Barney's Bubble

Whatever you think of Matthew Barney--huckster, genius, huckster-genius, egotist--you have to admire his balls. (Balls, in fact, are what he would like you to think about through the five films of his Cremaster cycle, his epic of testicles descending.) For a relatively young artist, he's taken over a New York museum in a way that most artists wait a lifetime--or have to be dead--to do.

I was thinking about this on account of all the recent talk of an era gone by that had artists with big ambitions and big egos to match. Not a bad combination, obviously, since much great work has come of it, but it occurred to me--while I read Michael Kimmelman's great article in the April 6 New York Times Magazine about Dia:Beacon, the permanent museum in a renovated cracker-box factory an hour north of New York City--that you just don't see art on a really grand scale anymore. The kind that makes you, by contrast, tiny. Not like Michael Heizer's canyons blasted into Nevada rock, or James Turrell's Roden Crater. But then maybe, you know, with the price of real estate, smaller studios, and tiny laptop computers, artists are thinking smaller.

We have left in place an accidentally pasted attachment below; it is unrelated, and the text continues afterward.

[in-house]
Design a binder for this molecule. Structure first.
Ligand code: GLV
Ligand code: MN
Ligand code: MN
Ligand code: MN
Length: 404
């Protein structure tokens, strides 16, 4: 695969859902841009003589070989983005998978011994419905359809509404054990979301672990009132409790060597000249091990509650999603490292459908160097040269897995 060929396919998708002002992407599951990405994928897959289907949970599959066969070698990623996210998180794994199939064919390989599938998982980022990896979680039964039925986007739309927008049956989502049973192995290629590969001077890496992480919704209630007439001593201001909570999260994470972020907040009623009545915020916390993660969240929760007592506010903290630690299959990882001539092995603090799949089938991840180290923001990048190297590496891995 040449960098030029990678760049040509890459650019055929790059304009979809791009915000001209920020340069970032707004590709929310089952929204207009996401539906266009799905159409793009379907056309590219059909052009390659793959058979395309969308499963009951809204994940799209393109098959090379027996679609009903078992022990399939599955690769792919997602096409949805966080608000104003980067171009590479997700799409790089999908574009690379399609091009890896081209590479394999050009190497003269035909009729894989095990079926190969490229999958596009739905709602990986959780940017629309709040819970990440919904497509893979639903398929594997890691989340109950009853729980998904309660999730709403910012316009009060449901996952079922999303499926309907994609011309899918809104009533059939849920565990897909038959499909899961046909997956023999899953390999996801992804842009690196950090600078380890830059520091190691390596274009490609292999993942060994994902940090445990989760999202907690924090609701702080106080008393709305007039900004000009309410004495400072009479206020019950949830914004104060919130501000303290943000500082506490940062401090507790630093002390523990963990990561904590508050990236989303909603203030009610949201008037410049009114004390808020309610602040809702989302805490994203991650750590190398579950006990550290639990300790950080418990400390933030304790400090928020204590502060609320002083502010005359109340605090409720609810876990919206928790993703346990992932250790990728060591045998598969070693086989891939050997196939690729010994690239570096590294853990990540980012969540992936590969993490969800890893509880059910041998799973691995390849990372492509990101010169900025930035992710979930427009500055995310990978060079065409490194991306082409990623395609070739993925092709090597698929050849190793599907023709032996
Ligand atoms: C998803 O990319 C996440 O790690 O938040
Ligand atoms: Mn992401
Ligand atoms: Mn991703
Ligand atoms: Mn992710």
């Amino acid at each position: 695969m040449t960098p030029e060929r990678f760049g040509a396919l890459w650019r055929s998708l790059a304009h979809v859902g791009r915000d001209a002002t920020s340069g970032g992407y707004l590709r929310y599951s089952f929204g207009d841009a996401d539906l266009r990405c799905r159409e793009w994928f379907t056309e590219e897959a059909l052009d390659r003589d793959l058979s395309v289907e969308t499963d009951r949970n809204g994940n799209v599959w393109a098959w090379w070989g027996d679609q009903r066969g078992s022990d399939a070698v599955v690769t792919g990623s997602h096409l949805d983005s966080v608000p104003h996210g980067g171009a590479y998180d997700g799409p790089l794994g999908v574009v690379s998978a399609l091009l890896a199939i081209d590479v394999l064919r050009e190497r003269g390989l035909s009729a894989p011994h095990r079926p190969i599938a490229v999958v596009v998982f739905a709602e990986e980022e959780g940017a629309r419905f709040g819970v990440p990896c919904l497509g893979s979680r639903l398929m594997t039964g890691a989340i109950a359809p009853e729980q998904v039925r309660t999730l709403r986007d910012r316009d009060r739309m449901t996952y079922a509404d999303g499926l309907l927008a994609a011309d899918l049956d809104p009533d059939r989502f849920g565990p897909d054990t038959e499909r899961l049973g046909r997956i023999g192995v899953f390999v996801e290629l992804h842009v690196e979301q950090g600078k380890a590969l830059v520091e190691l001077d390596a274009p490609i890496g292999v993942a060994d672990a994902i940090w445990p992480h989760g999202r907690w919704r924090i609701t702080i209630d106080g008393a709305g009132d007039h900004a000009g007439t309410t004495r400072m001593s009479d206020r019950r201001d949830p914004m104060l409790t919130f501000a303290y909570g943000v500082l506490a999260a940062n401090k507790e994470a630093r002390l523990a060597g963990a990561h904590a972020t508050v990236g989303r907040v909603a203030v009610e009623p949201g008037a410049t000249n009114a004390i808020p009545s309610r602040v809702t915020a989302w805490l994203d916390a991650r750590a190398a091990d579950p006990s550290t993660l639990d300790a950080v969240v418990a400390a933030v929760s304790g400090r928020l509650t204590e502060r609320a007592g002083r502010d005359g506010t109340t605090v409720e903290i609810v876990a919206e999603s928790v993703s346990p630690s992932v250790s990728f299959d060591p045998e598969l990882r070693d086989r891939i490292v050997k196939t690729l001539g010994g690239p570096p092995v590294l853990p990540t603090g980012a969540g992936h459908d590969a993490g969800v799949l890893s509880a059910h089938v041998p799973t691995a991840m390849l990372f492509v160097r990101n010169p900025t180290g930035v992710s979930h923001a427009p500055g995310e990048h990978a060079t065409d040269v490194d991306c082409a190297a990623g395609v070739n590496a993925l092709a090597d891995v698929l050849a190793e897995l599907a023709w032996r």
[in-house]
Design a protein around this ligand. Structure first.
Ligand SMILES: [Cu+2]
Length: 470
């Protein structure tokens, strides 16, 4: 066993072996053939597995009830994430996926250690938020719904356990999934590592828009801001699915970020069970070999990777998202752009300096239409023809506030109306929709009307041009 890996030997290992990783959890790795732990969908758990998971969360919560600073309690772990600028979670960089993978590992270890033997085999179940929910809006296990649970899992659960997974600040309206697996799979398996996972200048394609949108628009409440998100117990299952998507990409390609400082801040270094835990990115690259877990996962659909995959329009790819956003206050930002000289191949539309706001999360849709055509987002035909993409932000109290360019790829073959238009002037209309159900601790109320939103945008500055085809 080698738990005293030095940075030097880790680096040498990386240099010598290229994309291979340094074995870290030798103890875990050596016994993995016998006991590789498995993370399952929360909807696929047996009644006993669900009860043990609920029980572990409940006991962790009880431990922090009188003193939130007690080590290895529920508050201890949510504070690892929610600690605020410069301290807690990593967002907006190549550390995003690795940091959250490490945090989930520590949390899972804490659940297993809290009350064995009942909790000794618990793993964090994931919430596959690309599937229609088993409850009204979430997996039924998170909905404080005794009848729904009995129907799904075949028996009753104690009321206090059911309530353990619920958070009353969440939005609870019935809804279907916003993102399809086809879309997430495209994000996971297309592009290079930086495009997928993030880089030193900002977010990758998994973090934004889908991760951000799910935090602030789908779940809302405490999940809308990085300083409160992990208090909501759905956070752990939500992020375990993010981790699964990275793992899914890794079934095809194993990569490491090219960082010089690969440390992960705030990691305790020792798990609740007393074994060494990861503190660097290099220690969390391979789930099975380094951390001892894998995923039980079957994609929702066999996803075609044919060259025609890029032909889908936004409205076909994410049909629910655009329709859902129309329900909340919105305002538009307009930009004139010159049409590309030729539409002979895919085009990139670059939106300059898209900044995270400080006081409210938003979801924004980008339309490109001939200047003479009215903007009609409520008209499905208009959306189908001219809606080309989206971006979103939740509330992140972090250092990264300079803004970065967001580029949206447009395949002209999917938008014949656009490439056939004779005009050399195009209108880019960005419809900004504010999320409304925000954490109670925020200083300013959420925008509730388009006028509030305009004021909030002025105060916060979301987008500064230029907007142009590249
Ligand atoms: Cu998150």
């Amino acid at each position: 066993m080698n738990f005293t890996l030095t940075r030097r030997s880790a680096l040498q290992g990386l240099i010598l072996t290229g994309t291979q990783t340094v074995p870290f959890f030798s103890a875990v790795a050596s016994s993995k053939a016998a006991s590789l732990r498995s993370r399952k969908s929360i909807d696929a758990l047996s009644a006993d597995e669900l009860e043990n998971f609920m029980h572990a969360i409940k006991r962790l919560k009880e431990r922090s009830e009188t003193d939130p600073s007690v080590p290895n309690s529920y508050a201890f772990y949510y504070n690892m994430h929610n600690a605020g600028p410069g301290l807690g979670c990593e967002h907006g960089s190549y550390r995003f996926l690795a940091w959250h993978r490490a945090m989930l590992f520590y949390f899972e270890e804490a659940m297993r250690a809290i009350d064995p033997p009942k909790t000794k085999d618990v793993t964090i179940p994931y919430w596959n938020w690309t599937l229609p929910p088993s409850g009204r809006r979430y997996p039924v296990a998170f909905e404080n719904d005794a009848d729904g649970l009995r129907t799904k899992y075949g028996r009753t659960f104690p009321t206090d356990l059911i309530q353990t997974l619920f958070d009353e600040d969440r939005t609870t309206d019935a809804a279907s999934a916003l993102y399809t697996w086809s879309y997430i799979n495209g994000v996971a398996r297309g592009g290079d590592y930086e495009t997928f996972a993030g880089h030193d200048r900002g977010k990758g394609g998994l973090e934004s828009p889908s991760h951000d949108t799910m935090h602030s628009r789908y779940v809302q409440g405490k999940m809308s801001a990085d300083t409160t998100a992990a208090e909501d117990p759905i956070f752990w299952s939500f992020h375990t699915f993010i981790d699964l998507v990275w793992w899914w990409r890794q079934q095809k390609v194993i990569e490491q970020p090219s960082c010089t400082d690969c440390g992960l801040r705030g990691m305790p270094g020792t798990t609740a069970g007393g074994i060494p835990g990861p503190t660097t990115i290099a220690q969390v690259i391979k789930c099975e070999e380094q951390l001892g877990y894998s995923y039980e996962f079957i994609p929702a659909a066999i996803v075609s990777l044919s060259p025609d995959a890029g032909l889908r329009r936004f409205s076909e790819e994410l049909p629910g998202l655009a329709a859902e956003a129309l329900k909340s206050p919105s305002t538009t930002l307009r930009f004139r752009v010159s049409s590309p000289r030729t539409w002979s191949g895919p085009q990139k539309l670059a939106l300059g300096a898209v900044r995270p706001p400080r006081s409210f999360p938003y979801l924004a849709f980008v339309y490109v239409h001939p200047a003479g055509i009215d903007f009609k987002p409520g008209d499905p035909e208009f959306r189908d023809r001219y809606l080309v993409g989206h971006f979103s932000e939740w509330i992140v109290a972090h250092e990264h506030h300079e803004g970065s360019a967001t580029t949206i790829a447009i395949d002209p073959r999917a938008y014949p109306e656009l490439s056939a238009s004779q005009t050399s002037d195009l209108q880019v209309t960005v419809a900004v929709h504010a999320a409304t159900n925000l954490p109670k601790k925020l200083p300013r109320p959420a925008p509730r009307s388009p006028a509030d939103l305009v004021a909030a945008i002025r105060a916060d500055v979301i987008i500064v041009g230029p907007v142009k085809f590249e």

Not Barney, though. He thought in terms of a five-film cycle, five full-length films that are so arcane and stubborn and loose that they hardly have a plot, so intricately visual that Busby Berkeley is somewhere nodding in approval, and, somehow, so crowd-pleasing that the exhibition is selling out.

My buddy Matt made the pilgrimage to New York, and came back mostly gushing about the show, having seen six hours' worth of the cycle. He described for me a sculpture of variously melting and congealing Vaseline (or something like it) that drips from the top of the rotunda, level by level, to the bottom. It's an image from Cremaster 3, in which sculptor Richard Serra (whose work is prominently installed at Dia:Beacon) shovels the goo into a system that begins with one of his own sculptures, and then Barney races this mess down to the bottom.

Now that's grand: embodying your own anxiety of influence in a sculpture as tall as a building, and getting Serra (and one of his works) to make a cameo. Anyway, there are rumors, which are congealing into what more or less resembles actual fact, that Cremaster 3 is bound for Seattle. More on this as I find out myself.